Why security pros fear finance department middle managers

News
3 Sep, 2015

Aged 35-44 and work in finance? You're the most likely person to leak company data, according to top-level management

Security professionals live in fear or finance middle managers leaking data - but those concerns may not be realistic. 

A poll of IT security pros revealed middle managers aged 35-44 who work in finance or HR departments are seen as the most likely culprits to leak company data - especially risky given the sensitive information they hold. 

"The concern over HR and finance is, at least in part, due to the sensitivity of the data that could be leaked and the consequences of that, and not necessarily that these departments are more careless than others,"  according to Guy Bunker, Clearswift's SVP of products.

The survey of 5,000 individuals in four countries showed 48 per cent believed the finance department posed a security threat to the business, with HR coming second place with 42 per cent. The poll, carried out by tech research firm Loudhouse on behalf of Clearswift, spoke to both decision makers and line-of-business employees.

Additionally, most respondents believed middle-managers posed the greatest overall threat (37 per cent), compared to senior management (19 per cent) and administrative staff (12 per cent). What's more, those in the 35-44 age range were thought to be the most likely to leak data maliciously.

While there has been an increase in the number of insider attacks, many of the respondents' worries are a question of perception, not necessarily reality, Bunker told IT Pro.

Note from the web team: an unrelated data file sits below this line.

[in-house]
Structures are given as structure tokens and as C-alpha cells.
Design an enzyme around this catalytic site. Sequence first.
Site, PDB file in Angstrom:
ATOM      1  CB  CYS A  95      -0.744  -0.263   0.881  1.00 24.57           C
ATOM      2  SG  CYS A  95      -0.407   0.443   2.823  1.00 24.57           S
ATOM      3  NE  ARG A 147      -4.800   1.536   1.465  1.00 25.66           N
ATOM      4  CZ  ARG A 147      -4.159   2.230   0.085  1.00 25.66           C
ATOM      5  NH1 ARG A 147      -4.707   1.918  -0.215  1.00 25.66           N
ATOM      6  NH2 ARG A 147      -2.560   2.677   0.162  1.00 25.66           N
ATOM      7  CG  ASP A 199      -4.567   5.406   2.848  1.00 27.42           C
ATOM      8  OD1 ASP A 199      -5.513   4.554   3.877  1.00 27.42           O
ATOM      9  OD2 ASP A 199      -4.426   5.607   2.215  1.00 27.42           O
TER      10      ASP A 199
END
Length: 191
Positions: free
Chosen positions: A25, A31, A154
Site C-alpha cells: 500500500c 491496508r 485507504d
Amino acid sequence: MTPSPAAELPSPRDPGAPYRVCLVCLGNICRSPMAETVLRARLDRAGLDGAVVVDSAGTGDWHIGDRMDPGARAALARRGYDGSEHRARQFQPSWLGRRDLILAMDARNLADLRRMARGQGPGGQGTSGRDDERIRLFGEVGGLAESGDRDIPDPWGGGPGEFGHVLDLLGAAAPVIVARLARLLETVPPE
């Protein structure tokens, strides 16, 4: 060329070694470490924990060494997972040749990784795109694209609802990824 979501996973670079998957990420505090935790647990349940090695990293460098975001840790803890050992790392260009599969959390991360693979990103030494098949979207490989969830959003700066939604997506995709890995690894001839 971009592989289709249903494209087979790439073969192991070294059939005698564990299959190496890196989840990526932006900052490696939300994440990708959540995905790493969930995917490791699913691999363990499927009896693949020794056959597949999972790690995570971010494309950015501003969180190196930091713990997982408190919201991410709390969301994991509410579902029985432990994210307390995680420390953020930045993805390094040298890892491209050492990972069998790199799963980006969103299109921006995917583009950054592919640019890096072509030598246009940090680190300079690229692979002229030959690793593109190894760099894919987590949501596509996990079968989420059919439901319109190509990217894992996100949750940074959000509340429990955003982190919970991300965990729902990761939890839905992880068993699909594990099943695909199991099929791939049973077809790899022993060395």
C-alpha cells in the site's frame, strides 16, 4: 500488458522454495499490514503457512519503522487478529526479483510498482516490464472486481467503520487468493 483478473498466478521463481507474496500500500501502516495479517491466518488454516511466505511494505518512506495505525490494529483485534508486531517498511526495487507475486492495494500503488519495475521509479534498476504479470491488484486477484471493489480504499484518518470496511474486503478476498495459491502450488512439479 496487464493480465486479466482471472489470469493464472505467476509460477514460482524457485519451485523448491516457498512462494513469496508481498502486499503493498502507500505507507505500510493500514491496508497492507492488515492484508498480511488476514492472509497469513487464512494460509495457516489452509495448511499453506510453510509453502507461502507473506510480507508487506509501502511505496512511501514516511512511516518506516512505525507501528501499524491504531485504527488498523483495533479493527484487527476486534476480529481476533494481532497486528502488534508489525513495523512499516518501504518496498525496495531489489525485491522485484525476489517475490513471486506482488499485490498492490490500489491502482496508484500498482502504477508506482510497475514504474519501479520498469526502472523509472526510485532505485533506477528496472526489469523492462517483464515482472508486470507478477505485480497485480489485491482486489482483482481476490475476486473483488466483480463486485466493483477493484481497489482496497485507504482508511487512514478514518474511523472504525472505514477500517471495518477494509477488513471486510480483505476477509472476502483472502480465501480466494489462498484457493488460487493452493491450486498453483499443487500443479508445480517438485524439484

However, he noted that companies only declare actual breaches to the Information Commissioner's Office (ICO), so IT staff might be basing their opinions on what happens behind the scenes, such as near misses and internal leaks. 

New EU data protection rules, which are expected to be finalised by the end of this year, could make executives and board members "sit up and take notice" of security matters - particularly in the cases of large, global corporations, as the fines issued for data breaches will now be as a proportion of global turnover, and reporting will be mandatory.

"I do think that companies will start to put increased security processes and systems in place, to make sure that those near misses don't become incidents," Bunker said.

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